The temptation to somehow co-index these particular null elements might arise, if the 'intended' subject is clearly discernible from the context (e.g., present in the previous utterance and fitting with the semantics of the current utterance, also perhaps accompanied/supported by an inflected verb form manifesting subject-verb agreement). This should however be avoided completely. This would only overcomplicate the analysis, with little value in return. These null elements would not be some interesting case of licit null subjects, if in fact they are determined to be a direct result of utterance segmentation decisions, because they do (did) have a subject originally. For this reason, I don’t think they warrant special marking, as there is not any clear research-motivated reason to be able to track them down later. The question of the cost-to-value ratio of cross-utterance marking/relationships is then also skirted. Note that this would be quite a enormous departure from the previous guidelines, one happily avoided here (as one that would, for lack of a better expression “open a (gigantic) can of worms”).
Although this is not a “new” problem or one specific to the particular nonstandard variety of interest here, it is worth pointing out here that modifiers are often ambiguously analyzable. Early Modern English can complicate the situation when multiple modifiers of varying phrasal category are all topicalized or realized pre-verbally in a given utterance.
Per PTB premodifiers are placed inside the phrase they are associated with, unless VP-premodifiers, which are sometimes attached outside the VP at the S-level (depending on the semantics elated to the modifier in question). Postmodifiers are easier, in that they are generally always attached inside the phrasal category with which they are associated. As stated above, Early Modern English often places modifiers in series and locations more surprising or unexpected in comparison to standard English, which can very often complicate modificational phrase attachment. PTB has a guideline for handling ambiguity (Bies et al. 1995, p.15):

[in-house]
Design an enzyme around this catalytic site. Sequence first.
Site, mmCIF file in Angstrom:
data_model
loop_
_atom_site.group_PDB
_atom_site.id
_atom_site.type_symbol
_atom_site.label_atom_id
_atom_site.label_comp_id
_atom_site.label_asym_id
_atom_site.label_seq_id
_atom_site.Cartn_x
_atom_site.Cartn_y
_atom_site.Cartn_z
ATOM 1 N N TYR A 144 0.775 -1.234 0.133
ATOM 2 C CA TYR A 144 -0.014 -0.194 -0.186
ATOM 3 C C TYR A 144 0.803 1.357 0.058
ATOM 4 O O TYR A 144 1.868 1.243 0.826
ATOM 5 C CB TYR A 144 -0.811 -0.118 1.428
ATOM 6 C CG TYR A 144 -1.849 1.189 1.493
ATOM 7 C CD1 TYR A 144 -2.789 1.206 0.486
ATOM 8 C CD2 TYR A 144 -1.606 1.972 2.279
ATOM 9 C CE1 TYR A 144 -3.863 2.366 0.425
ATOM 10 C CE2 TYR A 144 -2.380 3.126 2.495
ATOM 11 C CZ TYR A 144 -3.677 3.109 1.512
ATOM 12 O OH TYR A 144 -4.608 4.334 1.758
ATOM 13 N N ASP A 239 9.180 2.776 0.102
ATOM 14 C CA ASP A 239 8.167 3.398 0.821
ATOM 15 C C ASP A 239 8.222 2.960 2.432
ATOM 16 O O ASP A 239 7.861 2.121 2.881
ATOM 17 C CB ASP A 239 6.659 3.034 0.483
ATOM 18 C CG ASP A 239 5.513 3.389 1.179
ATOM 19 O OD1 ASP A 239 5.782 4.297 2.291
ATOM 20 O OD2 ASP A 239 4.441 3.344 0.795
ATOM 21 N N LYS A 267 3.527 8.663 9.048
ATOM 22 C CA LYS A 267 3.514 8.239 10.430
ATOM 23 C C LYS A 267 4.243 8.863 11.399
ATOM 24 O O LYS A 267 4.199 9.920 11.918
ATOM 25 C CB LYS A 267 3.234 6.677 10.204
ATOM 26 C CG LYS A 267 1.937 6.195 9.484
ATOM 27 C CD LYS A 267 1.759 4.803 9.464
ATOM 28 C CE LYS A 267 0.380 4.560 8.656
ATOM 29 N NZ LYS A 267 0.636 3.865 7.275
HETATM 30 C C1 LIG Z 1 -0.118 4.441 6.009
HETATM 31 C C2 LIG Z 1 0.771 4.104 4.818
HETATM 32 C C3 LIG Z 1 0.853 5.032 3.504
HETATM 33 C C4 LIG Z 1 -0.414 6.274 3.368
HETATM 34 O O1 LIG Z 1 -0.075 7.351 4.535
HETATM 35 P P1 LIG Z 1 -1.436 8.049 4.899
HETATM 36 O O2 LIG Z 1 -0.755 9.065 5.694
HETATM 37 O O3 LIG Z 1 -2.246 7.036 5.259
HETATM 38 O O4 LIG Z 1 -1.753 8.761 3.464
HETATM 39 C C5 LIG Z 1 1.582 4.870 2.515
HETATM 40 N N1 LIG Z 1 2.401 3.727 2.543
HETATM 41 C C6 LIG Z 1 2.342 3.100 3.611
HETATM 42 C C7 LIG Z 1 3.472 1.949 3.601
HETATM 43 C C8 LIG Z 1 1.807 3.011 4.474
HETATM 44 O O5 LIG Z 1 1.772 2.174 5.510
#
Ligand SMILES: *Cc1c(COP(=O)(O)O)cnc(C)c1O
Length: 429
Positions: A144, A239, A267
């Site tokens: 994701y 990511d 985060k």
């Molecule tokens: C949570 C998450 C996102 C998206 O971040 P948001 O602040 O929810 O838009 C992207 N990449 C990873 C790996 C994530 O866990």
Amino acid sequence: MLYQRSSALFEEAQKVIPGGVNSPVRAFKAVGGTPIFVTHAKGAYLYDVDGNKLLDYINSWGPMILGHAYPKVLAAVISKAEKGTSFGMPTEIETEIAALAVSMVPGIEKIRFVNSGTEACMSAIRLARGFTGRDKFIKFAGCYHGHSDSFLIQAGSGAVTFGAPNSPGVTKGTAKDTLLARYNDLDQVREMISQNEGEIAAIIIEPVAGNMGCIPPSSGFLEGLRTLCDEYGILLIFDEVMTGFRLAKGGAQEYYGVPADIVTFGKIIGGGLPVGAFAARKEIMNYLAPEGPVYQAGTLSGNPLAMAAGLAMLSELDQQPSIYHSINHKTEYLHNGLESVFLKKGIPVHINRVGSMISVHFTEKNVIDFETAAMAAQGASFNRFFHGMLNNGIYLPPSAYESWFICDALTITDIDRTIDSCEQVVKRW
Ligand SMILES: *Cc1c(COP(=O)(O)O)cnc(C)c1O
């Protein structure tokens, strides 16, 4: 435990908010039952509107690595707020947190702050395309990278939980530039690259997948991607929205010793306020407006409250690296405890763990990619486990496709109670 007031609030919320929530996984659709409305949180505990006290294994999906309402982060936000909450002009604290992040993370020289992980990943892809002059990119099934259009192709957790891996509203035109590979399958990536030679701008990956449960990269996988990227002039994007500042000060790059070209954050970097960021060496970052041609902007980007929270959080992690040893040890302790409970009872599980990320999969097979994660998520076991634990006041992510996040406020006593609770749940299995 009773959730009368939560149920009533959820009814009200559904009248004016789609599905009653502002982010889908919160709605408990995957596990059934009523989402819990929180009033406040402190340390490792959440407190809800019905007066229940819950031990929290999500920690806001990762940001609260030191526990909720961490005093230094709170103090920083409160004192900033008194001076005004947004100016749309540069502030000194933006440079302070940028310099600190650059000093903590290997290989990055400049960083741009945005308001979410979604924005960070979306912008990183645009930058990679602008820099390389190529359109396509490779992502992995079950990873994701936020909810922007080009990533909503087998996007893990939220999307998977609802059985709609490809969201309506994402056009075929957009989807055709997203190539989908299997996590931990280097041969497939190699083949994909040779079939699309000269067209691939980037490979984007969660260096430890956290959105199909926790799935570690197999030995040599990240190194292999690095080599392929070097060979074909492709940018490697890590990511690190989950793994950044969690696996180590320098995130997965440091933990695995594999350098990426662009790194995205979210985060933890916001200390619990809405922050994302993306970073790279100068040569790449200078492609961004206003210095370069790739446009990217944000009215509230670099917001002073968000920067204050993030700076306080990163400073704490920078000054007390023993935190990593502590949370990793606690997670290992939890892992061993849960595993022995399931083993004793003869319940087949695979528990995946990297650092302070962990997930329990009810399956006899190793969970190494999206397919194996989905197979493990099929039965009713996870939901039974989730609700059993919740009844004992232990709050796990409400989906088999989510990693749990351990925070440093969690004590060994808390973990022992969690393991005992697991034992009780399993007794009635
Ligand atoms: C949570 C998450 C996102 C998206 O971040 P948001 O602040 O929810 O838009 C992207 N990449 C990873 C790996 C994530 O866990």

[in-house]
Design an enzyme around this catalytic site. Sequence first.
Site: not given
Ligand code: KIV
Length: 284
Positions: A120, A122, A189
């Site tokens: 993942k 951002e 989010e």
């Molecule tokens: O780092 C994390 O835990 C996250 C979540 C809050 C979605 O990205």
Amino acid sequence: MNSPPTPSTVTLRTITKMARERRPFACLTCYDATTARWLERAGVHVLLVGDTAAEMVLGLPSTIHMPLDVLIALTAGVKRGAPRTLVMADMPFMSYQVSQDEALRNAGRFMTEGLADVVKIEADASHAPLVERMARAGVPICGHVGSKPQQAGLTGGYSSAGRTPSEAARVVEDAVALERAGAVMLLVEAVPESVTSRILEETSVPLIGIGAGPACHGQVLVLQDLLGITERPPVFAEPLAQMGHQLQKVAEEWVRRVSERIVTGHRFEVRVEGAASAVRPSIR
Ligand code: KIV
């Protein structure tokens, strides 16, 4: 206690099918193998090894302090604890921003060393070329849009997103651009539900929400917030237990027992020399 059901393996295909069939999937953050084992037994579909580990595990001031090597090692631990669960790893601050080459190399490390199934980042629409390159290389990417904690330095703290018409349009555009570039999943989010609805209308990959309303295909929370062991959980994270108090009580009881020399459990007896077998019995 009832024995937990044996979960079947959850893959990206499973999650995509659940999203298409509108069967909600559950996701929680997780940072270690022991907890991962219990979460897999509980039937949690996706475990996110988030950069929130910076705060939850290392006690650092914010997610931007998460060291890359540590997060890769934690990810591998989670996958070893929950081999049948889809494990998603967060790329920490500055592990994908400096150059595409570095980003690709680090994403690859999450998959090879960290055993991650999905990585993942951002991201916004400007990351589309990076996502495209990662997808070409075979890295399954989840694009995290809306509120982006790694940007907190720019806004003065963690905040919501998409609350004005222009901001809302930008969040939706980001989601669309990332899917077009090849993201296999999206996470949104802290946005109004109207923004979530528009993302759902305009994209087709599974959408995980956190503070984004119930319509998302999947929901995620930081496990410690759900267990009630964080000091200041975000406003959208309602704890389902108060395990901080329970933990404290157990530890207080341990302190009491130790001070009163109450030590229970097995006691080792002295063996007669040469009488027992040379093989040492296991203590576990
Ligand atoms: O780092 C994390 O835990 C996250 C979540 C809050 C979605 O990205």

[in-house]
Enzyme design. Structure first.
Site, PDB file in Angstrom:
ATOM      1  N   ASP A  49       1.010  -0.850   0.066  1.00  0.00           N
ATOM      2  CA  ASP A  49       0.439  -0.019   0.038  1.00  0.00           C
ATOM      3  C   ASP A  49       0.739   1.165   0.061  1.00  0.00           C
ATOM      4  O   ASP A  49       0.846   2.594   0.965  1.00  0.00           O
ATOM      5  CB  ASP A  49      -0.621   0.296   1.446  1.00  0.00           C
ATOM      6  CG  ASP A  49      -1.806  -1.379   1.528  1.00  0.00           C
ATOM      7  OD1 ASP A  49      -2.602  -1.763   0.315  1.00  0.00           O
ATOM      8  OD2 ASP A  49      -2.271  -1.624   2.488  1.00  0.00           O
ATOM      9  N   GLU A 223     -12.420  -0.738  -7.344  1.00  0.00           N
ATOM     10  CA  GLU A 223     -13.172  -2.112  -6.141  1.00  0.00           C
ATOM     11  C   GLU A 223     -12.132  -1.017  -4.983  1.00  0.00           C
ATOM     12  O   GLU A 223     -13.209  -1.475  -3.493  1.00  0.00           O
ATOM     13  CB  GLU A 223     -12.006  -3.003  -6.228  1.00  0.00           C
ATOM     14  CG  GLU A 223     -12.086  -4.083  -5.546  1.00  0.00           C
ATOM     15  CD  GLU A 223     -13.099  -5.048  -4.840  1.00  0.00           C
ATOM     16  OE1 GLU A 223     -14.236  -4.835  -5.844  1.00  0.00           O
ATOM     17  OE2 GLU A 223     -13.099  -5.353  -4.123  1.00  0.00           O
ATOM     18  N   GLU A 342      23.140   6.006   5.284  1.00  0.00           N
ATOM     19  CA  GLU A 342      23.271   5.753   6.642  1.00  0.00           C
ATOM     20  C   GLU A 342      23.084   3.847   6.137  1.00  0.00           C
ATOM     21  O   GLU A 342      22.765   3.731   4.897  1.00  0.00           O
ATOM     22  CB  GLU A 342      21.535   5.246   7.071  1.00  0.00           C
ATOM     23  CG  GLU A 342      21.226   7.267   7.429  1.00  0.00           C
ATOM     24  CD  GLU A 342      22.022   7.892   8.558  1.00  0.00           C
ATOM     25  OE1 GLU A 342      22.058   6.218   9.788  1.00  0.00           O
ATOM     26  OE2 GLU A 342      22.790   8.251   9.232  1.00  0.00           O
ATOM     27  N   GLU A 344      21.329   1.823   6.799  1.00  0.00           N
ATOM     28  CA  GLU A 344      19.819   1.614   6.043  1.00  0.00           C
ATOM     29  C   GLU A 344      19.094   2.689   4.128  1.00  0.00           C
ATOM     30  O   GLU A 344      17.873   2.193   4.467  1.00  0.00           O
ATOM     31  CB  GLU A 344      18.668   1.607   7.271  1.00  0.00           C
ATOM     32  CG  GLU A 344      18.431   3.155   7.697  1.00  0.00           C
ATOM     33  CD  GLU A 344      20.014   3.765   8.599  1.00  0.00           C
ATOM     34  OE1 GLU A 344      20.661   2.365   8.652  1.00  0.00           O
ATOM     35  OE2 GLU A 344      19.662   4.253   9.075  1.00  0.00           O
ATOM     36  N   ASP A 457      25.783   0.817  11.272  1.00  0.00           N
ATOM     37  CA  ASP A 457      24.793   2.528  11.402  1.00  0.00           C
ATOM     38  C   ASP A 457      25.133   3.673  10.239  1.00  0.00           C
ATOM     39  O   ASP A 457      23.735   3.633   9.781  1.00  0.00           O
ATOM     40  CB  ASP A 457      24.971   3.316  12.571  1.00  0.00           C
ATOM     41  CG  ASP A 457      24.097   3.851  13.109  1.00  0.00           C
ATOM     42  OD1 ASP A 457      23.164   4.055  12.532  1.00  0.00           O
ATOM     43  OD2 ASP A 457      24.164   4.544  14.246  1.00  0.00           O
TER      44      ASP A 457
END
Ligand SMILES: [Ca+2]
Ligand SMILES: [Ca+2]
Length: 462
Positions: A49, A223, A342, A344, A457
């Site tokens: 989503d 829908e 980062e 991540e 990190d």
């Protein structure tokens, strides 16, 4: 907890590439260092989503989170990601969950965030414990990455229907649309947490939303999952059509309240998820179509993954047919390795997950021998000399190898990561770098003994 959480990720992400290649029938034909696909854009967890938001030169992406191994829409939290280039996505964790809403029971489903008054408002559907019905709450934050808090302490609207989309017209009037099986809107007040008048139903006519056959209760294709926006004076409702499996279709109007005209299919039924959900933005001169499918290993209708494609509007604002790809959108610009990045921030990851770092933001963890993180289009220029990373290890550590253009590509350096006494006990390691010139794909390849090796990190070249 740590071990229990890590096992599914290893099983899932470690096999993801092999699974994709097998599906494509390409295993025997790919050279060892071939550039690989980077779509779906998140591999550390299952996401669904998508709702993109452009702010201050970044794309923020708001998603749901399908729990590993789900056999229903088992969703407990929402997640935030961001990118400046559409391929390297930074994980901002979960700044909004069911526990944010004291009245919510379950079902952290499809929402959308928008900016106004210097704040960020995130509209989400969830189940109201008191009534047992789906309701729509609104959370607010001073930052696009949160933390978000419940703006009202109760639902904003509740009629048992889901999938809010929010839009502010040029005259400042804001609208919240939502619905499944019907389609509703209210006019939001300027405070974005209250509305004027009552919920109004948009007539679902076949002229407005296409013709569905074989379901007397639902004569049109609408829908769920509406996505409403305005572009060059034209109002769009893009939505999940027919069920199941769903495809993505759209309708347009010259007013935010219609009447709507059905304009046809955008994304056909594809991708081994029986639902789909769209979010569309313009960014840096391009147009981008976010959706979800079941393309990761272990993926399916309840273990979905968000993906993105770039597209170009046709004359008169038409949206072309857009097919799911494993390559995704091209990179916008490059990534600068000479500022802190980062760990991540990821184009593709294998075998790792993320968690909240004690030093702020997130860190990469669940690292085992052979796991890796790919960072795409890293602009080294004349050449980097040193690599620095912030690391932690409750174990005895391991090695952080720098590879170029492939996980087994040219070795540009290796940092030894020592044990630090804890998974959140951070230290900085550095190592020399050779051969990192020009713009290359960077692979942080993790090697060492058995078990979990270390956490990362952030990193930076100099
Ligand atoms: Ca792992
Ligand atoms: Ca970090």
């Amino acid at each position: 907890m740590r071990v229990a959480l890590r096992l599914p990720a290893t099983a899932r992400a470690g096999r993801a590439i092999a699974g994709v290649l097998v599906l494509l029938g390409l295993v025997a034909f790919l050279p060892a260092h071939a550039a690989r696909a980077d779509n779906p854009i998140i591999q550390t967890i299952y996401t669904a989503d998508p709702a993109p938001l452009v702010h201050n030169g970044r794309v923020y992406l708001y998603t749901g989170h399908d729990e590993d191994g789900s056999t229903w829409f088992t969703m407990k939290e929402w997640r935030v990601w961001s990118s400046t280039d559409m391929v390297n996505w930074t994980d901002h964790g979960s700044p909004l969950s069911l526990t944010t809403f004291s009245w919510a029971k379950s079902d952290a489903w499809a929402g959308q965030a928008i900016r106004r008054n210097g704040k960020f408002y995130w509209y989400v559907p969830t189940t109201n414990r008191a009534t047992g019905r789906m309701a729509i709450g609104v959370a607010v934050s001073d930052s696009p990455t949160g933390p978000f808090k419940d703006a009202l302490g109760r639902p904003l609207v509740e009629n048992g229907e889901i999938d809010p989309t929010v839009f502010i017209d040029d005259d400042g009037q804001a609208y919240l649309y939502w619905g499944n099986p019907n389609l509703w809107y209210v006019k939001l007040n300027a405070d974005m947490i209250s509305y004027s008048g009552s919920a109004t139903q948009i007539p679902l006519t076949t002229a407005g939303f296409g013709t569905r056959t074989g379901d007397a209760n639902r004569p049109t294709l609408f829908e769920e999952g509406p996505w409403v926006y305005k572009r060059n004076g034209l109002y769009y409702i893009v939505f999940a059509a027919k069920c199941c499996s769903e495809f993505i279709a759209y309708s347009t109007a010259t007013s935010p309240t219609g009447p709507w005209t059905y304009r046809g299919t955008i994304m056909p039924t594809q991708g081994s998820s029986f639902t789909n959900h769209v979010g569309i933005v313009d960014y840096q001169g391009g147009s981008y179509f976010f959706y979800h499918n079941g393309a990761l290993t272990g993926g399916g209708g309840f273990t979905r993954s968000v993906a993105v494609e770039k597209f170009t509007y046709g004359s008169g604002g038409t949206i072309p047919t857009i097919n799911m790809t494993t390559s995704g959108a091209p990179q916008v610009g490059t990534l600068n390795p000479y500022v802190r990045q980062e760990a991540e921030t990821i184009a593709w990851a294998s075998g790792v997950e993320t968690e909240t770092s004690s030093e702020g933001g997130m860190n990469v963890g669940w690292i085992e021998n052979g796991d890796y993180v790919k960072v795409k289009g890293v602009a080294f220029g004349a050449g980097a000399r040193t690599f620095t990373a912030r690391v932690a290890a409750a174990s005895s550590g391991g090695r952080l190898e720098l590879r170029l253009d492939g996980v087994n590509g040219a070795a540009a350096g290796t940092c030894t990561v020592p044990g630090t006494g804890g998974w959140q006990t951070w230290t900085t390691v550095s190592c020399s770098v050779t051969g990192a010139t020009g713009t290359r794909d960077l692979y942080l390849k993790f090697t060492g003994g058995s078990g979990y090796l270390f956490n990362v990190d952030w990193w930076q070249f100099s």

“When it is not clear whether a modifier within the VP should be attached at VP-level or to an object NP, the DEFAULT is to attach at VP-level (see section 5 [Pseudo-Attach]).”
Respecting the goal (of the current guidelines) of minimal modification to PTB, this guideline is upheld and only minimally adapted/extended for Early Modern English. This rule should be applied, and then extended to include cases where (series of) modifiers occur before the matrix NP and VP. In these cases, where complete ambiguity remains because multiple readings are easily available even given the context, attachment should DEFAULT to inside the VP, rather than the NP. Keep in mind that movement from inside the VP to another position is quite likely, and should not inhibit following the guideline extension suggested here (e.g., placement of the trace inside the VP).
In the data studied, attachment was generally discernible from context (often not semantically compatible with the noun/NP anyway). However, the level of complexity of utterances encountered made it clear that this would be a potential issue for future annotation, and a guideline for such future challenges seemed warranted.
Instances were encountered where negation does not appear on the side of verb as would be expected for standard English. This may very well be an artifact of the particular state of negation in a process of change over time at the point in time that the letters collected in the CEEC corpus were written.
Example of utterance containing “inverted” negation “in the wild”, unexpected negation placement relative to verb:
Because these instances could very possibly be of interest to later research on the syntax of Early Modern English, it was decided that a method for isolating them should be created, namely a new function label, -INV. This innovation is seen as sufficiently necessary, given the potential for research interest and the fact that PTB does not offer anything for marking these. A function label is the appropriate vehicle, but there is not any existing label that could simply be extended/adapted. A label is appropriate, in that it easily marks the elements of interest and even leaves room for other comparable cases of inverted word order (counter to expectations based on standard English) involving elements other than negation and verb placement specifically. The -INV label should be placed on the element in the “inverted” position.